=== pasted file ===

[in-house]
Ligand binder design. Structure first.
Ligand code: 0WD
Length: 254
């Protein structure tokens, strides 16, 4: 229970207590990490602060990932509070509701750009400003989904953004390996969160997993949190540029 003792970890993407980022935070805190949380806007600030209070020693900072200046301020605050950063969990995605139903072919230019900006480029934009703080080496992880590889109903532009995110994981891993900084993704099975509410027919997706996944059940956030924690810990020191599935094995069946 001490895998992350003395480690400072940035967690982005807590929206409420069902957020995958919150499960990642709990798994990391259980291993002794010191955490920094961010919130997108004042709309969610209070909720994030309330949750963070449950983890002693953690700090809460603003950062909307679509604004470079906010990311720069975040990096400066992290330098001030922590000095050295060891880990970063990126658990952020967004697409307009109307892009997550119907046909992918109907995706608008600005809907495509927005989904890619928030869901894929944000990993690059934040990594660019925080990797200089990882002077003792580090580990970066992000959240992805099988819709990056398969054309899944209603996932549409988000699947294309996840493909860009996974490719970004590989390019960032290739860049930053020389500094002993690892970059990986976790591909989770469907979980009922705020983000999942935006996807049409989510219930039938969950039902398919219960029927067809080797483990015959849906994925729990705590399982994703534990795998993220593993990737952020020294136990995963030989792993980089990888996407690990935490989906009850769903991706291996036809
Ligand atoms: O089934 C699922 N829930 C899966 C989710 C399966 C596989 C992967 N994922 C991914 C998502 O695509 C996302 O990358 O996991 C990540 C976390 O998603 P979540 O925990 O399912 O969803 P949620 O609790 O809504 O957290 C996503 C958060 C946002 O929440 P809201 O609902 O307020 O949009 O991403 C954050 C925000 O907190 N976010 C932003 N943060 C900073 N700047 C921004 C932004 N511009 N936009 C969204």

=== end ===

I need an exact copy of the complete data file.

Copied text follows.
[in-house]
Ligand binder design. Structure first.
Ligand code: 0WD
Length: 254
């Protein structure tokens, strides 16, 4: 229970207590990490602060990932509070509701750009400003989904953004390996969160997993949190540029 003792970890993407980022935070805190949380806007600030209070020693900072200046301020605050950063969990995605139903072919230019900006480029934009703080080496992880590889109903532009995110994981891993900084993704099975509410027919997706996944059940956030924690810990020191599935094995069946 001490895998992350003395480690400072940035967690982005807590929206409420069902957020995958919150499960990642709990798994990391259980291993002794010191955490920094961010919130997108004042709309969610209070909720994030309330949750963070449950983890002693953690700090809460603003950062909307679509604004470079906010990311720069975040990096400066992290330098001030922590000095050295060891880990970063990126658990952020967004697409307009109307892009997550119907046909992918109907995706608008600005809907495509927005989904890619928030869901894929944000990993690059934040990594660019925080990797200089990882002077003792580090580990970066992000959240992805099988819709990056398969054309899944209603996932549409988000699947294309996840493909860009996974490719970004590989390019960032290739860049930053020389500094002993690892970059990986976790591909989770469907979980009922705020983000999942935006996807049409989510219930039938969950039902398919219960029927067809080797483990015959849906994925729990705590399982994703534990795998993220593993990737952020020294136990995963030989792993980089990888996407690990935490989906009850769903991706291996036809
Ligand atoms: O089934 C699922 N829930 C899966 C989710 C399966 C596989 C992967 N994922 C991914 C998502 O695509 C996302 O990358 O996991 C990540 C976390 O998603 P979540 O925990 O399912 O969803 P949620 O609790 O809504 O957290 C996503 C958060 C946002 O929440 P809201 O609902 O307020 O949009 O991403 C954050 C925000 O907190 N976010 C932003 N943060 C900073 N700047 C921004 C932004 N511009 N936009 C969204």